Where: Elemental, Two North Shore, 313 Manufacturers Road, Suite 119
Hours: 11 a.m.-11 p.m. Thursday-Saturday, 11 a.m.-10 p.m. Tuesday, Wednesday and Sunday
Price range: $5 (appetizers, Deviled Eggs Trio or Kale Two Ways)-$24 (roasted pork dinner)
You have to ask if you want to learn about all the unusual, exciting, interesting things they're doing at Elemental, a new farm-to-table restaurant in North Chattanooga near the Whole Foods Market.
Elemental buys an entire grass-fed steer from Cloudcrest Farm in North Georgia and butchers it in-house on Mondays when the restaurant's closed.
Its cocktail ice cubes are free of air bubbles and dissolved gases, which is meant to make them melt slowly so they don't dilute the drinks. They're made in a top-of-the-line Kold-Draft ice machine -- possibly the only one in town.
Elemental just started fermenting its own miso. But don't order miso soup just yet -- the first batch won't be ready for a year, because that's how long the fermentation process takes.
You won't learn any of that by reading the restaurant's menus, website or Facebook page. You have to ask the knowledgeable and friendly wait staff.
The food is good at Elemental. My only beef with the restaurant during two lunchtime visits is that the menu is coy about exactly what ingredients are used.
For example, the I-75 cocktail lists only these clues: vodka, muscadine, grapefruit, champagne.
Does that mean muscadine grape juice? Muscadine wine? What kind of vodka?
Turns out, according to the wait staff, the I-75 cocktail uses Snowy Creek vodka distilled in Nashville and muscadine wine from the Georgia Winery in Ringgold. Its name is a clever play on the classic French 75 gin cocktail.
Because the emphasis is on farm-to-table, the fare is seasonal and will change.
The one-page lunch and dinner menus are minimalist. They share three categories: small plates, flatbreads and sides. Lunch diverges with a sandwich category, while dinner is anchored by mains.
Ask, ask, ask your server for such details as where the food comes from and how it's prepared.
Asking questions is how I learned about the specialty cocktail, the David Carradine, a delicious, tart blend of the Japanese citrus drink yuzu, George Dickel rye Tennessee whiskey, honey syrup and bitters.
Appetizers start at $5 for the Deviled Eggs Trio (lunch) and Kale Two Ways (dinner) to $10 for chicken salad lettuce wraps (dinner). Sandwiches during lunch cost between $8 and $10. Dinner main courses range from $18 for vegetarian dishes to $24 for roasted pork.
Cocktails cost $12. The 31 varieties of beers run between $4 and $5.75. The 25 red, white and sparkling wines available by the glass range from $6.50 to $12. Bottles of wine range from $28 for a chardonnay to $165 for Phifer Pavitt Date Night, a Calistoga, Calif., cabernet sauvignon made by Ringgold, Ga.-area native Suzanne Phifer and her husband, Shane Pavitt.
Desserts aren't on the menu, either. The waitress happily described them, though, and I ordered The Ollie, an extremely tasty $4 chocolate-covered, coconut ice cream bar on a stick named for the chef's young son. It's made by Milk & Honey, the waitress said, which is a gelato shop set to open Friday, March 15, near Taco Mamacita on North Market Street near Frazier Avenue.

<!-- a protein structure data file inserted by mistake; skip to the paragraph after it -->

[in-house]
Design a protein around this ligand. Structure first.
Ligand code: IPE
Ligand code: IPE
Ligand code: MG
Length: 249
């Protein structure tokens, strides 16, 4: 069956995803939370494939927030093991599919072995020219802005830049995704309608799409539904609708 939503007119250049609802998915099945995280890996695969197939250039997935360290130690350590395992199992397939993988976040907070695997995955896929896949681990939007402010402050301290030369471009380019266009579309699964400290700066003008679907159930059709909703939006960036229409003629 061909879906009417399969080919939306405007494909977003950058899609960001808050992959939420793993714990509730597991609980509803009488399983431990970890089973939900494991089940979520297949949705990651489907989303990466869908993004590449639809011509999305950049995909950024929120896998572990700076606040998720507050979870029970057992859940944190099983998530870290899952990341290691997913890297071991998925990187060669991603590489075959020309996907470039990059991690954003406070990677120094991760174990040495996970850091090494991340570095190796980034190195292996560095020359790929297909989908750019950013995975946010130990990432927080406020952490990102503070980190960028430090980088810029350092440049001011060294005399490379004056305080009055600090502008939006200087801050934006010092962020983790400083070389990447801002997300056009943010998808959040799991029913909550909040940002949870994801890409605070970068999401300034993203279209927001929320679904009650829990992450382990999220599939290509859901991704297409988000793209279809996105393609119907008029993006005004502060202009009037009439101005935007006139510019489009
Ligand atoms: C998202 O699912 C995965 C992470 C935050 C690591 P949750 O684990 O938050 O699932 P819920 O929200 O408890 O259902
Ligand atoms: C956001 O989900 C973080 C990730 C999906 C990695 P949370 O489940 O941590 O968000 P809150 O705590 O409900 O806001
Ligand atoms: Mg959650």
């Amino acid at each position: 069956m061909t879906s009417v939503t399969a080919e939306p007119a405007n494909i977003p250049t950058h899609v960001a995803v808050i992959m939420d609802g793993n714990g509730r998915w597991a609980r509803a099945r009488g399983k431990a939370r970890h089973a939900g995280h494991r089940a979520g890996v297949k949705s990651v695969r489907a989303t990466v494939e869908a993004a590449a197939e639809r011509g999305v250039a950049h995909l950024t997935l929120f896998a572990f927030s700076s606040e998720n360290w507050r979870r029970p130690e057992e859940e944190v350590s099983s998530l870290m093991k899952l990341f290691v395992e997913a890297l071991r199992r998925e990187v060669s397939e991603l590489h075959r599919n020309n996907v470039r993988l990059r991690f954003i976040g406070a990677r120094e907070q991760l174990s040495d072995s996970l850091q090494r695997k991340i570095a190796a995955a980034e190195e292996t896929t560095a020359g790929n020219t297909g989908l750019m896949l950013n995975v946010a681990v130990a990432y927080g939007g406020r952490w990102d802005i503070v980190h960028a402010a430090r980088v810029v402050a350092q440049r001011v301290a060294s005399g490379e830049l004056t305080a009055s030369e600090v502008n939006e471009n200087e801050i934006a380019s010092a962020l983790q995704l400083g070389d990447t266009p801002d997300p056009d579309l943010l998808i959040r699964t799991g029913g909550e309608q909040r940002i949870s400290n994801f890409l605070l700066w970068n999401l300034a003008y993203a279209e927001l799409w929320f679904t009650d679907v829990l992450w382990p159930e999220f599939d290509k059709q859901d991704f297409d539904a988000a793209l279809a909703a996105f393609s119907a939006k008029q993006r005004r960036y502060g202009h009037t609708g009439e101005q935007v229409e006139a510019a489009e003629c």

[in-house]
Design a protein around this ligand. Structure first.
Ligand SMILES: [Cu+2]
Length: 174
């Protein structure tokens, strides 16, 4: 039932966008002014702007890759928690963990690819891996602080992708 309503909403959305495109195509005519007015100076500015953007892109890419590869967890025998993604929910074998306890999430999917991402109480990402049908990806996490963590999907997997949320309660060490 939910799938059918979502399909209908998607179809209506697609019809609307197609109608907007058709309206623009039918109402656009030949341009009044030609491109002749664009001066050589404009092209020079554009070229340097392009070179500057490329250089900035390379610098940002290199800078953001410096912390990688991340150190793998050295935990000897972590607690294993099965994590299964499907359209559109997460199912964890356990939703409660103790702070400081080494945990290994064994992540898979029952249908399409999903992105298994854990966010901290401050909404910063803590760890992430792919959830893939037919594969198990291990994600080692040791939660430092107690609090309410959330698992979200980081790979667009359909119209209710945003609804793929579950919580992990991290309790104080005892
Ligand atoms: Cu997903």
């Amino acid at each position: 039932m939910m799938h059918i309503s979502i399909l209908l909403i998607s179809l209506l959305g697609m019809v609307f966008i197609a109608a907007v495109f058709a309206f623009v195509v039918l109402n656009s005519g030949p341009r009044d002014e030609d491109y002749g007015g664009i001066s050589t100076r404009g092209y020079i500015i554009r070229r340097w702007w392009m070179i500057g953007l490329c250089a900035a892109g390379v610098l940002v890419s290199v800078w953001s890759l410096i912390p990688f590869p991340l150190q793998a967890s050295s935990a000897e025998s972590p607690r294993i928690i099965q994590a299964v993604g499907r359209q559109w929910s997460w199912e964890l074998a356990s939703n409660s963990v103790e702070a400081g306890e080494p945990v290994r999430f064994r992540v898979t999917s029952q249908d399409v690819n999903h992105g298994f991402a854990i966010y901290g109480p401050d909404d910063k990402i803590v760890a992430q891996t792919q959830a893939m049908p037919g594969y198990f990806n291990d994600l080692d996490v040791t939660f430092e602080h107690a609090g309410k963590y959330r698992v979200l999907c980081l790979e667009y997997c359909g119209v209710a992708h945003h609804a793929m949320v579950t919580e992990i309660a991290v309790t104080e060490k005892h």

The David Carradine drink and The Ollie bookended lunch, which started with the $5 deviled eggs. Two egg halves were adorned with bacon from Benton's Smoky Mountain Country Hams in Madisonville, Tenn., and two had smoked trout from Pickett Trout Ranch in Dunlap, Tenn., and faux fish roe, or eggs, made in house of pickled mustard seed. Highly recommended.
Lunch's main course was a $10 grass-fed farm burger with smoked cheddar that was cooked just right.
An earlier lunch was simpler: a tasty, $9 pulled-pork sandwich and an $8 glass of Cline Cellars Cashmere, a Sonoma Valley, Calif., red wine blend of Grenache, Syrah and Mouvedre.
Very attentive and engaged. The restaurant swarms with wait staff, all of whom were quick to take away an empty plate or fill my glass with the restaurant's distilled, reverse-osmosis water. The staff is knowledgeable and willing to answer questions and volunteer information (such as mentioning the water is distilled, reverse-osmosis).
An old Ford tractor sits in the middle of Elemental, paying homage to the farm-to-table theme. Ditto for the heavy-duty scale stashed in a corner. The floor is concrete, and the seating is a mix of stools at high tables and wicker-seated chairs at regular tables. The Two North Shore complex is new, and windows are large and plentiful. It's a nice space. Good enough for U.S. Sen. Bob Corker, who was having lunch there with his mother recently. They're nice, friendly people, by the way.
I'm a fan of Elemental and the whole farm-to-table concept. I'm baffled why they're not proselytizing and promoting more of what they're about. If you ask questions, though, the staff is happy to provide answers. So ask, ask and ask some more.
Contact staff writer Tim Omarzu at firstname.lastname@example.org or 423-757-6651.
Tim Omarzu covers Catoosa and Walker counties for the Times Free Press. Omarzu is a longtime journalist who has worked as a reporter and editor at daily and weekly newspapers in Michigan, Nevada and California. Stories he's covered include crime in blighted parts of metro Detroit and Reno, Nev.; environmental activists tree-sitting in California's Sierra Nevada foothills; attempts by the Michigan Militia to take over a township¹s government in northern Michigan. A native of Michigan, ...
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